The problem with Fox Eyes was not just the makeup itself, but the pose that invariably accompanied the photos. Throughout their lives, many people of Asian descent have been mocked for their eye shape. Using gestures as a racial slur, non-Asians pulled at their temples, making it appear like they were squinting. Though this may have been funny for the oppressor, the gesture has become quite triggering for many. Suddenly, because people of white privilege had appropriated this look, it was considered “snatched” and “gorgeous”.  Fox Eyes are a powerful example of cultural appropriation in trends because even unknowingly, non-Asians have taken this natural feature from Asians and used it for clout.


The second example of cultural appropriation in trends is Blackfishing. Blackfishing is when non-black people adopt black features by changing their skin tone, hairstyles, and engaging in body modification such as lip fillers and plastic surgery. Sounds familiar? Blackfishing is modern-day Blackface. Blackface is a term for non-Black performers wearing makeup and representing a caricature of a Black person. It was often associated with minstrel shows in the U.S from the 1830s until the mid 20th century and is now regarded as incredibly racist and highly offensive.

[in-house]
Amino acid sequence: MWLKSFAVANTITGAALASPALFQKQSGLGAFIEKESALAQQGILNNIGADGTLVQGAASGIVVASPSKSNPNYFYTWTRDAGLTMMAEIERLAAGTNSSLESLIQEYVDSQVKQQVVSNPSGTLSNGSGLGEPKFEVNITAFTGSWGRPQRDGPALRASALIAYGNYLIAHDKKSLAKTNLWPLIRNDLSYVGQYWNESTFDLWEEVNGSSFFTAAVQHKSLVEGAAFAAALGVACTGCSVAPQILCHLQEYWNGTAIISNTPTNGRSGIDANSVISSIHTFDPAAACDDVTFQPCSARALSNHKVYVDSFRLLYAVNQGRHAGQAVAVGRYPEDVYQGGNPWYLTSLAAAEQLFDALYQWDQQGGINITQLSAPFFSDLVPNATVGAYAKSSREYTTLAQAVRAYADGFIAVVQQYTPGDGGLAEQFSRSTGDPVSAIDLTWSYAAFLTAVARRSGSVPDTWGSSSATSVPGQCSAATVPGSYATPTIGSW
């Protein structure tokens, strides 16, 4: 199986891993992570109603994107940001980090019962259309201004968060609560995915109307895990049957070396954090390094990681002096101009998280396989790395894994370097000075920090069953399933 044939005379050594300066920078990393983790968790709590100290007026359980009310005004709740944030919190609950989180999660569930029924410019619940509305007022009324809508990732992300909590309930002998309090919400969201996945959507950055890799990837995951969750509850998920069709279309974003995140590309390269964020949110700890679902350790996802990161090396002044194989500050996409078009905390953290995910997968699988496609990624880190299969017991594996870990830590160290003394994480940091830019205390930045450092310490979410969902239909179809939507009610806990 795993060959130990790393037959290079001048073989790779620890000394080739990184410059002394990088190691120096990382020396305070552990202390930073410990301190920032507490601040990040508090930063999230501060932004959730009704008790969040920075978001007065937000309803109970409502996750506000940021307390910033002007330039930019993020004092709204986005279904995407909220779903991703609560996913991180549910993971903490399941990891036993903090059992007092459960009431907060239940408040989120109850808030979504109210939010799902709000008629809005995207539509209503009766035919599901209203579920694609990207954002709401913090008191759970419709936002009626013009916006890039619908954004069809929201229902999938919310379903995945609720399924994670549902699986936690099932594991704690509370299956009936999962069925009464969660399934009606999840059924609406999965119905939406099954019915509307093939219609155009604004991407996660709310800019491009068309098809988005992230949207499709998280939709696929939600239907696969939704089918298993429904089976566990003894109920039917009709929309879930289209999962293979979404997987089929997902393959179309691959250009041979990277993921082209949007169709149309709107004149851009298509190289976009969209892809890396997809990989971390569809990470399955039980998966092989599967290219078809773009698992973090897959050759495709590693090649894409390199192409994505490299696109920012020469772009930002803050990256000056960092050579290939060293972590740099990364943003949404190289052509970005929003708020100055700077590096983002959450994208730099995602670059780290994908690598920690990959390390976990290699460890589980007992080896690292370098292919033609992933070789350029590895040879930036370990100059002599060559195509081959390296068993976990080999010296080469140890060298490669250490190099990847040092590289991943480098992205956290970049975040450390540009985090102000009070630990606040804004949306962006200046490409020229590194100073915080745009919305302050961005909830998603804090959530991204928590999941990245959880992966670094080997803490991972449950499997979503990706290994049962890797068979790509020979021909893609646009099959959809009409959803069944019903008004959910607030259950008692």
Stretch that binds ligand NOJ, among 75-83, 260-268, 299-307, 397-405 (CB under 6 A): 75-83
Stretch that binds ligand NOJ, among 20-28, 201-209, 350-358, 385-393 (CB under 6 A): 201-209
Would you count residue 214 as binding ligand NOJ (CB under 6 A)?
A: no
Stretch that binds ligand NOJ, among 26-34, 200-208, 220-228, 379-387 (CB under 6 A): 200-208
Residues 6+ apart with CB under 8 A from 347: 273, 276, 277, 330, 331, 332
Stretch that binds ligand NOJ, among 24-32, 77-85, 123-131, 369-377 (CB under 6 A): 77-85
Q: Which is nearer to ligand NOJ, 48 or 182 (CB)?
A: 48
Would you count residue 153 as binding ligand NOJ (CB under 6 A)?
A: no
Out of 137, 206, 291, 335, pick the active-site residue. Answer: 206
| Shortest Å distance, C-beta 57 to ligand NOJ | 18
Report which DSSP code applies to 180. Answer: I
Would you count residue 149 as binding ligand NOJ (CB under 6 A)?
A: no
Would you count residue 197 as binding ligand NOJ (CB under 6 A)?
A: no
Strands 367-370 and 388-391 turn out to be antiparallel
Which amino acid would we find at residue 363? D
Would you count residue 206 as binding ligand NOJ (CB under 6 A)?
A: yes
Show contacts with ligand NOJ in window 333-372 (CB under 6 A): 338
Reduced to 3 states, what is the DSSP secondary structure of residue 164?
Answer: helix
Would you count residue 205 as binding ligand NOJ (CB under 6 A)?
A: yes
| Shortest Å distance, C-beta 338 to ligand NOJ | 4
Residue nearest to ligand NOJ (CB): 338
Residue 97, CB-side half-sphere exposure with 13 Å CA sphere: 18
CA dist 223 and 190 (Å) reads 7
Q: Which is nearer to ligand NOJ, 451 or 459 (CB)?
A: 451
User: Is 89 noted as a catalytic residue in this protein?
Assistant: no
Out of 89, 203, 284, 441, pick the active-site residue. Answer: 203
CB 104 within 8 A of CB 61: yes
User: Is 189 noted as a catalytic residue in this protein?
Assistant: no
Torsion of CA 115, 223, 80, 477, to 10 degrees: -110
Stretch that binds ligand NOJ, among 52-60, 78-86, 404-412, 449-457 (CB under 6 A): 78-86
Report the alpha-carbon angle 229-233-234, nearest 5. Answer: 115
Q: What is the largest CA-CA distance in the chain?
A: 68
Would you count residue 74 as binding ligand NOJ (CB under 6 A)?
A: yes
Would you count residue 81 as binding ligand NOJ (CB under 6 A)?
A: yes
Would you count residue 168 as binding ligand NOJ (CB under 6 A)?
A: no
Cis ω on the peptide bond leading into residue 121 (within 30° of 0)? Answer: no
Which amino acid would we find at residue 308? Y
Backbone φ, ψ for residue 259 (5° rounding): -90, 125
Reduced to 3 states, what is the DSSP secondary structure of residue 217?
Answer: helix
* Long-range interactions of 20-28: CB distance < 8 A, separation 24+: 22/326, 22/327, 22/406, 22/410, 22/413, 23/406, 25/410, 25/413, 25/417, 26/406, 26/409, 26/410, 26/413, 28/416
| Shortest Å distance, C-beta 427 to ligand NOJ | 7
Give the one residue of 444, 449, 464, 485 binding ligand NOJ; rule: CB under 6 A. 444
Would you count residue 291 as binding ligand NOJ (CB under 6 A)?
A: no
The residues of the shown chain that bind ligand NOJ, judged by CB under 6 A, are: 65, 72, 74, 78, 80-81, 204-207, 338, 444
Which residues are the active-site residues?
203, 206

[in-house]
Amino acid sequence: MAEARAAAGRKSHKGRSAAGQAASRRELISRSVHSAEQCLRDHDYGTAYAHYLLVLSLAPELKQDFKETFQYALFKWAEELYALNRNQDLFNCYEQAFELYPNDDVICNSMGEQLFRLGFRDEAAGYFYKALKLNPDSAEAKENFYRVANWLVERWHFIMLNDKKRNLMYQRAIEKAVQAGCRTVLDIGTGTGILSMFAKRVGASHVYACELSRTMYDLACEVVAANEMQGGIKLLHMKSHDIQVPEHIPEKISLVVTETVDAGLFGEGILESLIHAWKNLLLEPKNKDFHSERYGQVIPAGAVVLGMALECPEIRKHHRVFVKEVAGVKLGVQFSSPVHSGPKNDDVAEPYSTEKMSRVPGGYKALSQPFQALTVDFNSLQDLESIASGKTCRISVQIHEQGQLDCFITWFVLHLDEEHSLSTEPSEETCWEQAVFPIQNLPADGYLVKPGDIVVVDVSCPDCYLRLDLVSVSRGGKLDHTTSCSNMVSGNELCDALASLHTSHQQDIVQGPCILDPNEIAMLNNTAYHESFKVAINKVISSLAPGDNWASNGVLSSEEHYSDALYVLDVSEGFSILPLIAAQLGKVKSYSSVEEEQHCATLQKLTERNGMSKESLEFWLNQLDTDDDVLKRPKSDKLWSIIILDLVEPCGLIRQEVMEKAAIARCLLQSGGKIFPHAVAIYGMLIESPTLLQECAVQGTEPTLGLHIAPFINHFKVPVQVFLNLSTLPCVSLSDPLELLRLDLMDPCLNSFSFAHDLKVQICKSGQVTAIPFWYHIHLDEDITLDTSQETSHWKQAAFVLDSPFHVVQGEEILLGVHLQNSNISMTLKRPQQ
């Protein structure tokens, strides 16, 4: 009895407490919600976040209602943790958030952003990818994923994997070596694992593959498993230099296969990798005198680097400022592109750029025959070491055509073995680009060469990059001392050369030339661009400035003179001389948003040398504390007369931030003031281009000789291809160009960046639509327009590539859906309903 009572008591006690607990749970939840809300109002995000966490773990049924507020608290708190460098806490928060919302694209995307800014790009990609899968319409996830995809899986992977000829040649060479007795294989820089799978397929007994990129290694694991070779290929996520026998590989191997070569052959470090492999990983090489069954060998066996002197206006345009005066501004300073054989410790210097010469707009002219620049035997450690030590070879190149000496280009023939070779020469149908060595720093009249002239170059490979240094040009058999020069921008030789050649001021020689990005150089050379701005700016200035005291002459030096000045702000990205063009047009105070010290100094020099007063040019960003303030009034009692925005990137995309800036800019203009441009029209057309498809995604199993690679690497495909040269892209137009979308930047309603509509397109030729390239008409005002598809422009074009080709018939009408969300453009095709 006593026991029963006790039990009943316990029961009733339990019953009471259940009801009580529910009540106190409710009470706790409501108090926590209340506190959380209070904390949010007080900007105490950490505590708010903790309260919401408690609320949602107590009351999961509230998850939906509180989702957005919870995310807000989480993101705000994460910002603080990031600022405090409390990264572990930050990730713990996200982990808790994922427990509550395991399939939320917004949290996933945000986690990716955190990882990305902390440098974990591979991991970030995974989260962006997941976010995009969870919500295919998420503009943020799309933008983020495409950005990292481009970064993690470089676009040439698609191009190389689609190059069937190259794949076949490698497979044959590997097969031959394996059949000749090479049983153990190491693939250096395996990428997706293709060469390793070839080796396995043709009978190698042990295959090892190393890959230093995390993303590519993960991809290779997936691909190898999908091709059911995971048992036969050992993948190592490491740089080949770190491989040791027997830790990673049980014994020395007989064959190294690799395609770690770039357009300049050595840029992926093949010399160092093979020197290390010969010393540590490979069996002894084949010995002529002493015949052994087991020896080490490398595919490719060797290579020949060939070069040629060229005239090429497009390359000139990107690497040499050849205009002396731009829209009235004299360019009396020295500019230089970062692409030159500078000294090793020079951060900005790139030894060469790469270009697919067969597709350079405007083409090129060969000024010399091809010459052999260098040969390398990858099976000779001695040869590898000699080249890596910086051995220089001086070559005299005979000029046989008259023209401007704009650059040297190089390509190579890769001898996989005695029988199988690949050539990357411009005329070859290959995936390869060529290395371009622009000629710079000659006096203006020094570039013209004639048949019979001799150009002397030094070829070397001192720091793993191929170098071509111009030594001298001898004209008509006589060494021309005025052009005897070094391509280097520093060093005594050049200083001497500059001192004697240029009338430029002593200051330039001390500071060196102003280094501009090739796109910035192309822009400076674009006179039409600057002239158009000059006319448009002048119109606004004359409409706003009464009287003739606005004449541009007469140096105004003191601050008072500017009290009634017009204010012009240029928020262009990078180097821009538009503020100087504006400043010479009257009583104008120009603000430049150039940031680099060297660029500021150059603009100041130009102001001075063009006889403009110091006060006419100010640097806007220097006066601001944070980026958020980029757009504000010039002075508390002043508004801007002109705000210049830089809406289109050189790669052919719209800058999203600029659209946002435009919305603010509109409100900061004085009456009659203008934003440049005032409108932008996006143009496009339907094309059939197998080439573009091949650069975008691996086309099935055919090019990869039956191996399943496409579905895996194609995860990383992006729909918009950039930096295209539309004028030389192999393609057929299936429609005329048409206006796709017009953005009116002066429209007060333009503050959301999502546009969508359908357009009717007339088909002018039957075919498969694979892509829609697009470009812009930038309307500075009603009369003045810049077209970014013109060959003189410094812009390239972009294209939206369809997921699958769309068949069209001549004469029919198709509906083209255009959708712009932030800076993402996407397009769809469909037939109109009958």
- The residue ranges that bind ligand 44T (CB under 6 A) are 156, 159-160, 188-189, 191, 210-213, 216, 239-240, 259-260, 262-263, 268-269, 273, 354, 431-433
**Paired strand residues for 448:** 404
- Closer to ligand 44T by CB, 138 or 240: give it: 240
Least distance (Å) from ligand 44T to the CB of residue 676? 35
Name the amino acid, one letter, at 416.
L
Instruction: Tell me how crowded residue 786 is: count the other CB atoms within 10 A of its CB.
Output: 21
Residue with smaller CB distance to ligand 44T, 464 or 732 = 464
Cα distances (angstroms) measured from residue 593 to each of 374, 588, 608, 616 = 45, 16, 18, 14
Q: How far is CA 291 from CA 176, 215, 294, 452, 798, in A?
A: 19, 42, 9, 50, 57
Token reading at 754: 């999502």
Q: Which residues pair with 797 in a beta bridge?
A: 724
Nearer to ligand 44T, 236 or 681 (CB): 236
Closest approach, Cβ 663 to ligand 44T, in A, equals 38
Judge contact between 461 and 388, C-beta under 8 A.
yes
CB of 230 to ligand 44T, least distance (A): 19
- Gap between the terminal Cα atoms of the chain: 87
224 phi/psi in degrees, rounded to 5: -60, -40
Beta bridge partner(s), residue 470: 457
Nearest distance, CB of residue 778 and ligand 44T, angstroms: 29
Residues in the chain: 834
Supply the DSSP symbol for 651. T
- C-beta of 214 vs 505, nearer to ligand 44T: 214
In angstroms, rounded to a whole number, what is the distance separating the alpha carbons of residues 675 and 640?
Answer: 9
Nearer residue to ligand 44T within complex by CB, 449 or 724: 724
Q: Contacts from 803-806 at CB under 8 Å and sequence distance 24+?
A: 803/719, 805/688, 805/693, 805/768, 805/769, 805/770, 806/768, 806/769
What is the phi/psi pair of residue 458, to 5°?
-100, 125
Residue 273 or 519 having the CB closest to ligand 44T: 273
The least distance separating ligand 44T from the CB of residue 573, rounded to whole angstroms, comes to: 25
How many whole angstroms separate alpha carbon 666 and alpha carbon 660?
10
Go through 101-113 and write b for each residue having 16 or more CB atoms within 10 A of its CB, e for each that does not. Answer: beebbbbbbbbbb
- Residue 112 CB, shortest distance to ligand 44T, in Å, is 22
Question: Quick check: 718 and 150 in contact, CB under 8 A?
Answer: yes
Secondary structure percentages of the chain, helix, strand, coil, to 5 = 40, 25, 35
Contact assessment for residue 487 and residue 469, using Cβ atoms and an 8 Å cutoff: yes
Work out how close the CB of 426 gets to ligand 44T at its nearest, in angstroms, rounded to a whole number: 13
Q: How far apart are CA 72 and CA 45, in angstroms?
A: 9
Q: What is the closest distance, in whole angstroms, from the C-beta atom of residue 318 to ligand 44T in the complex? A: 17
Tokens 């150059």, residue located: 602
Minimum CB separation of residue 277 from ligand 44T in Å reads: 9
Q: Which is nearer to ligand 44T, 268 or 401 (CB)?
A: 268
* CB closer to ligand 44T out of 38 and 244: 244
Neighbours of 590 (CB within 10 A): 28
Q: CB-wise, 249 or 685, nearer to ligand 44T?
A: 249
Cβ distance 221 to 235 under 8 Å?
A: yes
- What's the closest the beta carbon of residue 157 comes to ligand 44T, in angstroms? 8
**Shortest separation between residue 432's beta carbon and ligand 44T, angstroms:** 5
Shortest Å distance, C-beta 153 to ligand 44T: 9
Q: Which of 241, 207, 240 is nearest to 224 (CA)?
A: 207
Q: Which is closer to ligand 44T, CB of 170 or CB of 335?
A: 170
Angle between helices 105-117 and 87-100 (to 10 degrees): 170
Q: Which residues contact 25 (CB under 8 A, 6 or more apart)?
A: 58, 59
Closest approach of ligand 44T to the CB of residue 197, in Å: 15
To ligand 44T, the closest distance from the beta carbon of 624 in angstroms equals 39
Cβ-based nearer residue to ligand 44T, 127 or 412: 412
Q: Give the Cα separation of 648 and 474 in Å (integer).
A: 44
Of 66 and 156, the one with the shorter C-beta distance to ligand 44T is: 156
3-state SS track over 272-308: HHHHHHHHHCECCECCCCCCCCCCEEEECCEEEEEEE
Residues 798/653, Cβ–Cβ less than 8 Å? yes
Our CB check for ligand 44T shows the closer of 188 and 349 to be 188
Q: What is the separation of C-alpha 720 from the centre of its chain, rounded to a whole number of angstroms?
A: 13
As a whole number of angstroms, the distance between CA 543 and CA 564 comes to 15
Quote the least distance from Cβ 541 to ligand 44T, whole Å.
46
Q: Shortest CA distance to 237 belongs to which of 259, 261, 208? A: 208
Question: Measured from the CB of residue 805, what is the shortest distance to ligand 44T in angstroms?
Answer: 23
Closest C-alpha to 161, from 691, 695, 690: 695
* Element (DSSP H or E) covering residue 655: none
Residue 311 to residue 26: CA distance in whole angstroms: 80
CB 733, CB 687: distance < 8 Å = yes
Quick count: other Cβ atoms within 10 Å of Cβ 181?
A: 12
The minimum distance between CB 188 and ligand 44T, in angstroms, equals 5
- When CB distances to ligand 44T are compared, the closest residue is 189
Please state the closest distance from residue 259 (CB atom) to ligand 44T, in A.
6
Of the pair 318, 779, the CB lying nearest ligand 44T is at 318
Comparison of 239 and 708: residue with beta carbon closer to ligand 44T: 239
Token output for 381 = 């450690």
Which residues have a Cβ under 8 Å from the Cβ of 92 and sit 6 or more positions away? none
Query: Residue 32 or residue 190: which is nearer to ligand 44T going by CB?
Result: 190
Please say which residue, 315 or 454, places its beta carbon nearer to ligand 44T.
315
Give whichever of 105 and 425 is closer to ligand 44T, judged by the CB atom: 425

Black features are now seen as desirable in today’s society, but only on people who are not Black. Women in the Black community have always been called “unprofessional” for wearing their traditional hair styles, while others are now called “fashionable”. Suddenly, non-Black influencers are adopting these traditions and they are not discriminated against, but praised. Black fishing is cultural appropriation because the appropriators profit (followers, jobs, desirable, etc.) from their actions, without having to face the hate and racism for their “beauty”, like many Black people have in the past.